Has Anything Changed?

Over the past weeks, I have received many letters from concerned Catholics over the renewed scandal surrounding child sexual abuse by Catholic clergy.  I am grateful for the time and effort that goes into writing one’s bishop, and grateful for the passion expressed in the desire that our Church be purified and restored, so that it can be that “city on a hill” and the “light of the world” which Jesus intends it to be.

One of the things I also became aware within the letters and of so many local and national comments that many of our members are not aware of the remarkable changes that have occurred in our Church, and specifically our diocese, over the recent years.  The latest news events can give the impression that nothing has changed.  The Pennsylvania Grand Jury Report which was the catalyst for the latest scandal was a historical review of behavior in several of the Pennsylvania dioceses going back 70 years, with the majority of the abuse in the seventies and eighties.  What was somewhat new in the report was a more detailed description of how some bishops responded to those incidents with a lack of transparency and accountability.  One can easily get the impression that nothing has changed in any diocese from the 1940s onward.

It is often difficult to find the right balance in sharing good news on this subject.  It can appear that there is an effort to minimize or distract from the seriousness of what has happened to and, tragically, often continues to impact negatively victim-survivors.  It is also awkward in that one might be perceived as “tooting one’s own horn” as a way of soliciting praise.  But, on the other hand, the other extreme is problematic too.  If good news is not shared fully, many will be left with the impression that the Church and her institutions are not safe, wholesome places for worship, learning, and community.

Several of the letters I have received urge the implementation of protocols for safe environments and removing abusers.  Others ask about how we are forming our seminarians.  It struck me that I need to share more information on these topics, not less; share more often the great work of many of our parishioners, parish and chancery staff, and clergy.  Our diocese has devoted many good people and abundant resources to making our parishes and schools safe for our children and young people.  We have clear and strong protocols for responding to allegations of child sexual abuse, beginning with reporting and cooperating with law enforcement and additionally, not to interfere with active law enforcement investigations, an independent Ombudsman to investigate suspected agents of the Church (i.e., priest, deacon, lay employees) likewise in a search for the truth. Once an investigation is completed, the Independent Review Board helps to advise me on a person’s suitability for ministry.  Our Office of Child and Youth Protection offers training to identify, report and prevent abuse through our safe environment policy.  Over 35,000 adults in our diocese have been trained since 2002.  About 13,000 children receive age-appropriate training each year in our diocesan schools and parish schools of religion.  We require background checks of all clerics, diocesan employees and of anyone who volunteers in a program for children or youth.  We work to promote healing and reconciliation by providing outreach and care to those abused by an agent of the Church.  The ministries of healing, prevention and responding to allegations are strong in this diocese and we continue to review and make improvements to strengthen our safety net of protection for children and right living.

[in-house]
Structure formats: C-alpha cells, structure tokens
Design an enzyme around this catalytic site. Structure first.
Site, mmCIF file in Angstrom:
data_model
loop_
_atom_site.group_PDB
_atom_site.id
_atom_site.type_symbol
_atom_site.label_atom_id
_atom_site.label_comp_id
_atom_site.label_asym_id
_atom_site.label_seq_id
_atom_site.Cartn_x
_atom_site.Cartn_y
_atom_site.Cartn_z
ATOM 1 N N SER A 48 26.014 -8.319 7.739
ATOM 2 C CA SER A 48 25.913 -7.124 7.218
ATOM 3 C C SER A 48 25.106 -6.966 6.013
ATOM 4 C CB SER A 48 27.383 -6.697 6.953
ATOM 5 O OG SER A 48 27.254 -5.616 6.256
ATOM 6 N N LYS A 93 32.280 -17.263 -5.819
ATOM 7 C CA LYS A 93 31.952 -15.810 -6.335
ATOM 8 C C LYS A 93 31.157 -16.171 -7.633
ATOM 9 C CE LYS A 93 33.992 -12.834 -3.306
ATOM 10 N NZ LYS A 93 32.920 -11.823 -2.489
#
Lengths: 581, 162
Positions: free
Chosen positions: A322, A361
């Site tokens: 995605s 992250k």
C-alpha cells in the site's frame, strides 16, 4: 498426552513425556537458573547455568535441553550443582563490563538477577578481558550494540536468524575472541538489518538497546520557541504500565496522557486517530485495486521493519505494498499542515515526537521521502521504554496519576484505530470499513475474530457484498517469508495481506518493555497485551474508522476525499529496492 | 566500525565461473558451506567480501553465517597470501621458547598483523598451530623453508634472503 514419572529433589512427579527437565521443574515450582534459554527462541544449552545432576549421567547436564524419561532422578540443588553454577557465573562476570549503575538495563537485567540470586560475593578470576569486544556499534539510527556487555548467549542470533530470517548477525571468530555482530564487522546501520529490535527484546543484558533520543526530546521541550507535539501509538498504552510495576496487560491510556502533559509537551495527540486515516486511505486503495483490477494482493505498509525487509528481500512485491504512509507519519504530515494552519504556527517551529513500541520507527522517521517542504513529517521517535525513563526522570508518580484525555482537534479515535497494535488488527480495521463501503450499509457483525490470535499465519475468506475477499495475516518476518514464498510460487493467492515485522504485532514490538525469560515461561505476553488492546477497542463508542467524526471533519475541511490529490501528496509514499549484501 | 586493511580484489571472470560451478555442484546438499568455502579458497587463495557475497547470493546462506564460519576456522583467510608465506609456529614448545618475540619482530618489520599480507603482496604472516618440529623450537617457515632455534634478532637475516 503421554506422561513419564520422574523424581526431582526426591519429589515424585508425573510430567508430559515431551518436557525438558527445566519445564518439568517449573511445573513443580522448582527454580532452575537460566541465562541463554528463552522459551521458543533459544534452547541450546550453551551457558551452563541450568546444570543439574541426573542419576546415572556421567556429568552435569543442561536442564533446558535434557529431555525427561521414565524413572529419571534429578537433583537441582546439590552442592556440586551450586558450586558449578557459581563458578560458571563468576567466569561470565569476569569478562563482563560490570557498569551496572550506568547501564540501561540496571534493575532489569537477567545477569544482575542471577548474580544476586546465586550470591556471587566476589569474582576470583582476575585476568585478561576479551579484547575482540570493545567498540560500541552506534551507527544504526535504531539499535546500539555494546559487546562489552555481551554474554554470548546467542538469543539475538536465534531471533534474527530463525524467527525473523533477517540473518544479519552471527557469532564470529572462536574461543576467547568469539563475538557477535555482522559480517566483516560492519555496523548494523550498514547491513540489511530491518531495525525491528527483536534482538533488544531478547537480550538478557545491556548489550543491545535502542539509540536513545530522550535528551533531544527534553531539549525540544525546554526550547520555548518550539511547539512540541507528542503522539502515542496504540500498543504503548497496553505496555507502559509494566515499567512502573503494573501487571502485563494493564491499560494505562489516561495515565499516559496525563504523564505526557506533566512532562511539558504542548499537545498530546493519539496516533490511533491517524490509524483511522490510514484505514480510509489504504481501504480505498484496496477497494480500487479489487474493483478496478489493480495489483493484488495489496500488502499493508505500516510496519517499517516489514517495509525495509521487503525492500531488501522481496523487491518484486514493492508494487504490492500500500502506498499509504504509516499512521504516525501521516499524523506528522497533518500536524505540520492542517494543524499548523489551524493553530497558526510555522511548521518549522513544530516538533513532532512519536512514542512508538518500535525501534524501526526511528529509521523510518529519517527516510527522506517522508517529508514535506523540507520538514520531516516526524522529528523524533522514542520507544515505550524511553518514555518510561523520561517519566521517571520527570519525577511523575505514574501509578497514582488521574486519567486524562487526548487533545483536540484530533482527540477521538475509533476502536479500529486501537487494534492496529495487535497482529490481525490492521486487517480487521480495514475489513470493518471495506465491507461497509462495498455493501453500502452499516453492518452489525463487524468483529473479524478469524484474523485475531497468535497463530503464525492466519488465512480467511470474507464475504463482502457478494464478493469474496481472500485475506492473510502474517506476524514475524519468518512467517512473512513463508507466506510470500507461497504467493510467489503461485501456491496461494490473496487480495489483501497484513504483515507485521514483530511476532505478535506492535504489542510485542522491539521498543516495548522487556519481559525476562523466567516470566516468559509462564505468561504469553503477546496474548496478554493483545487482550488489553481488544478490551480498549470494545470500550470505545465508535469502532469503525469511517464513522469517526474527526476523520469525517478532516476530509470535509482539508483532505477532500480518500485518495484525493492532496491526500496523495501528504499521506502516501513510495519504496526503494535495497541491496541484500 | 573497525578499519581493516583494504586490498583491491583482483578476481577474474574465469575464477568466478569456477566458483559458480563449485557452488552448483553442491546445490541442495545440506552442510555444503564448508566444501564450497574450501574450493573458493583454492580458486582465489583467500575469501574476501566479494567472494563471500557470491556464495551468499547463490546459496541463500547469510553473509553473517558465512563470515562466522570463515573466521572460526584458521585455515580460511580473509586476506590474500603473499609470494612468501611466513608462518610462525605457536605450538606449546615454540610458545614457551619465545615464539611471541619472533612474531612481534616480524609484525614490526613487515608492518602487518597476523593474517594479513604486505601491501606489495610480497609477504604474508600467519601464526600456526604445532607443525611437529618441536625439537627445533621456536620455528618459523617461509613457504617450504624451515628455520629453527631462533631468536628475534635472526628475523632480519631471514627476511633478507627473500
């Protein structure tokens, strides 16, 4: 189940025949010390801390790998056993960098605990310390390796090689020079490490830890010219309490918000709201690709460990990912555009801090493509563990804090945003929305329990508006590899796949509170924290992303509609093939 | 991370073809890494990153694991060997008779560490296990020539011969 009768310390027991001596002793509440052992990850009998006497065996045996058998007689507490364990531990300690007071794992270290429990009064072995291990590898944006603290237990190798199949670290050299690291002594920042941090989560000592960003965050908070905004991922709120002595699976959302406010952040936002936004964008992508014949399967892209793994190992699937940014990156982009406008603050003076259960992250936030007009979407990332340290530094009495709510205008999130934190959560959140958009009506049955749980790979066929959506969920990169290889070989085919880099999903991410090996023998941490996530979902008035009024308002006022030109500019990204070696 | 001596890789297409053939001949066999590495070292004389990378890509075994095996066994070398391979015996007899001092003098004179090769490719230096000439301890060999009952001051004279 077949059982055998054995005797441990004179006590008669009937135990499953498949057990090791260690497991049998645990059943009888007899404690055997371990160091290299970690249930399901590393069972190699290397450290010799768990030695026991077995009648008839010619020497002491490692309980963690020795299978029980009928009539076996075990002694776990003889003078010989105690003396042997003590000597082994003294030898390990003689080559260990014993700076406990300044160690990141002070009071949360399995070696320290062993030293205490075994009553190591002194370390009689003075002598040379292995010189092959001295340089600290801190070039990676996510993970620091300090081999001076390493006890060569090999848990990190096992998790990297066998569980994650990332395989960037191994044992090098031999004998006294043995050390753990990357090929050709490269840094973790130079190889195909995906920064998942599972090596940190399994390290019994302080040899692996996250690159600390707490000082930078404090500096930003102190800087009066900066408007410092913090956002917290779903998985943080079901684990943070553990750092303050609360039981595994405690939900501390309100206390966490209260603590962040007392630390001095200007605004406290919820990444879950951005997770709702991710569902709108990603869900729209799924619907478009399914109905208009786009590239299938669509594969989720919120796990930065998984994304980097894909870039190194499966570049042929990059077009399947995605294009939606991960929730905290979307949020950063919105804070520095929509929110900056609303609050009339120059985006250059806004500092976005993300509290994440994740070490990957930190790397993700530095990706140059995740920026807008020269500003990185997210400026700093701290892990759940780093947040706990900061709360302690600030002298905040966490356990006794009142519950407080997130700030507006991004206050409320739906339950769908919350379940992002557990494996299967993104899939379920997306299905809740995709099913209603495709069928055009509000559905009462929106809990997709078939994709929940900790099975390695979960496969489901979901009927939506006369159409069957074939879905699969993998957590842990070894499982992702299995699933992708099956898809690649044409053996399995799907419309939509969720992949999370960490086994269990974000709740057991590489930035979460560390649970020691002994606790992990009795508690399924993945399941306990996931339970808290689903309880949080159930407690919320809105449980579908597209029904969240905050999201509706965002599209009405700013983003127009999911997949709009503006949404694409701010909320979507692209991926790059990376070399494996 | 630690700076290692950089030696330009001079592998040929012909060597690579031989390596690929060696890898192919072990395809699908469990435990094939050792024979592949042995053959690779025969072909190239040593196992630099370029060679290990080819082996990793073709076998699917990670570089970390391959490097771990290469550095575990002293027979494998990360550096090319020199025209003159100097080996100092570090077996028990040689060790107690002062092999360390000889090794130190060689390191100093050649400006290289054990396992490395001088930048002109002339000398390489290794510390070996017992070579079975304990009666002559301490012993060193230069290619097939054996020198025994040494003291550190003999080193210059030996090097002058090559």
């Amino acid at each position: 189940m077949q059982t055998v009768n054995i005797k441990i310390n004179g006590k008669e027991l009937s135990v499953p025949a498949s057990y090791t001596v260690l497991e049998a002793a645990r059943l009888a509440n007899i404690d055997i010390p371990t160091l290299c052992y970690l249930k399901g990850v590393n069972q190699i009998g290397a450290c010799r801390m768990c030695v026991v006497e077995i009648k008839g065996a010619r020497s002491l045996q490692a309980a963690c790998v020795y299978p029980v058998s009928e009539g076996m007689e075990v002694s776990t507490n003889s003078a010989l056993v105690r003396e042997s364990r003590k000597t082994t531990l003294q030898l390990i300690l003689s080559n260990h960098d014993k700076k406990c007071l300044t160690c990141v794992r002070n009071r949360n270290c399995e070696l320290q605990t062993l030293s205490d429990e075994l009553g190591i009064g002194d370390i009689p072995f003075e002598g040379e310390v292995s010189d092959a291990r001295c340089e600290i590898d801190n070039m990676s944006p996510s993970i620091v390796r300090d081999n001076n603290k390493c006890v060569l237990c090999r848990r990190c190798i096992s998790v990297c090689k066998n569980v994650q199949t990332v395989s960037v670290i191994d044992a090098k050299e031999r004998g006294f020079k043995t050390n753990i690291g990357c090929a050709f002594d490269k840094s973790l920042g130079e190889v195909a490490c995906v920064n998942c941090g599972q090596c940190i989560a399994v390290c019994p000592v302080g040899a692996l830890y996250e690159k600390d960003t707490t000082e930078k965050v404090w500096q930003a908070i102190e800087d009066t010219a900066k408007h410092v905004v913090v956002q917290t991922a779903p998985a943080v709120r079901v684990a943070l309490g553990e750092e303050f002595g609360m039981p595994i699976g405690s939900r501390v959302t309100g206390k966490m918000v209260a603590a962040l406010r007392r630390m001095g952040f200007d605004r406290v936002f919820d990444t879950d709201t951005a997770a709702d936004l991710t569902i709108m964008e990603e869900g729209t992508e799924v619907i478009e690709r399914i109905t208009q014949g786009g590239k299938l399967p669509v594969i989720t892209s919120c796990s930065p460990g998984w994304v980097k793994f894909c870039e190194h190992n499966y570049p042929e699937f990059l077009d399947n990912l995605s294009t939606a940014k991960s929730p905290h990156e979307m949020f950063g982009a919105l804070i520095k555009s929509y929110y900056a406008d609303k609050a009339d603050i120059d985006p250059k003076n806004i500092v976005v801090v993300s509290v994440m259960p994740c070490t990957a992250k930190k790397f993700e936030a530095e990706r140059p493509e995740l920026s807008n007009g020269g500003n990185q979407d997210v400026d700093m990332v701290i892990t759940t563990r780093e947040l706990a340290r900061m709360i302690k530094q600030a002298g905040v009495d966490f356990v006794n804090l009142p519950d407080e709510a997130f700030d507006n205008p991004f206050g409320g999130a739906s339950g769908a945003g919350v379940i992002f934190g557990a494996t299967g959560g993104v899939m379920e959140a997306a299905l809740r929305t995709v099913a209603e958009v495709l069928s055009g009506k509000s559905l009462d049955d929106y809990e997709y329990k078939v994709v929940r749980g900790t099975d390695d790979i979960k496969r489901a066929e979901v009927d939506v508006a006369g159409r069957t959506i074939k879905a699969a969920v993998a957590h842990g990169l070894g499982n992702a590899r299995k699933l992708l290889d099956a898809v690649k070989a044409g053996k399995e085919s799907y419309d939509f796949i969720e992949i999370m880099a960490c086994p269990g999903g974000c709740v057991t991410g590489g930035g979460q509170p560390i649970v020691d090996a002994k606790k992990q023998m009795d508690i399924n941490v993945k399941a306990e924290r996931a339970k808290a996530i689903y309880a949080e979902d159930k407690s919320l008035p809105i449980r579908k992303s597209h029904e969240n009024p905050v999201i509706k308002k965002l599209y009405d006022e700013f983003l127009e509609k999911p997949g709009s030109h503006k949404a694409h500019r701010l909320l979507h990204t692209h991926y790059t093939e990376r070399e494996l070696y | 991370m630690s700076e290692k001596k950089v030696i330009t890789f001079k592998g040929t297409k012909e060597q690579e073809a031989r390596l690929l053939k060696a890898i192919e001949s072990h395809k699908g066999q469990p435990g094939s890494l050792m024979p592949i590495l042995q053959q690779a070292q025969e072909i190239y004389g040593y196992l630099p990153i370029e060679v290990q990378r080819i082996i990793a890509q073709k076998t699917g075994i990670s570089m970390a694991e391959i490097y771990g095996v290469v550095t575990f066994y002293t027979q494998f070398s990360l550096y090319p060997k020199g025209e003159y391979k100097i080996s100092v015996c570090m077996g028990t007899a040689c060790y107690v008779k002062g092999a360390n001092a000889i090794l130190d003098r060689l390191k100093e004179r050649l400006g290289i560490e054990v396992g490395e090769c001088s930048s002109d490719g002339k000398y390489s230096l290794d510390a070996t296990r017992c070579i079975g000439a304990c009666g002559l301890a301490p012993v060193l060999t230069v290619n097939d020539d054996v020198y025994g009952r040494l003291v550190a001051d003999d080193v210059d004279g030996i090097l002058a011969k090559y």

Many changes have also been made over the most recent decades in our seminaries to make our programs of formation comprehensive and thorough so that our parishes have healthy, holy, joyful priests.  Our diocese and each of the seminaries we use have admissions processes that require each applicant to undergo a thorough psychological evaluation and comprehensive background check, so that we have a detailed knowledge of each man’s mental and psychological health, along with his personal history.  Our seminaries have counselling and psychological services, including psychologists, to assist in human development.  Each seminarian meets regularly with both a spiritual director and a formation advisor.  These personnel meet several times a year to assess the progress of each seminarian in all the dimensions of formation so that any potential problems can be identified and addressed for the sake of the man and of the Church. Finally, I have instructed all of our seminarians to immediately inform me of any misconduct they witness or experience in the course of their formation, and to do so without fear.

We are blessed to have good men as our seminarians.  They realize their future service as priests will present challenges and hardships that did not confront previous generations, but they are filled with faith and a joyful love for Christ and his Church, and a desire to say “yes” to God’s call to generously serve others and take up the Cross and follow Jesus.  Please continue to pray for them as they work with our seminary formation staffs to become “parish-ready.”

+ Most Reverend James V. Johnston, Jr.
Bishop of Kansas City-St. Joseph

Catholic Key, October 26, 2018 issue

Bishop Johnston’s October Prayer Intention
For married couples longing for children but who have encountered difficulties conceiving.

Pope Francis’ October Prayer Intention
That consecrated religious men and women may bestir themselves, and be present among the poor, the marginalized, and those who have no voice.

Related Diocesan News

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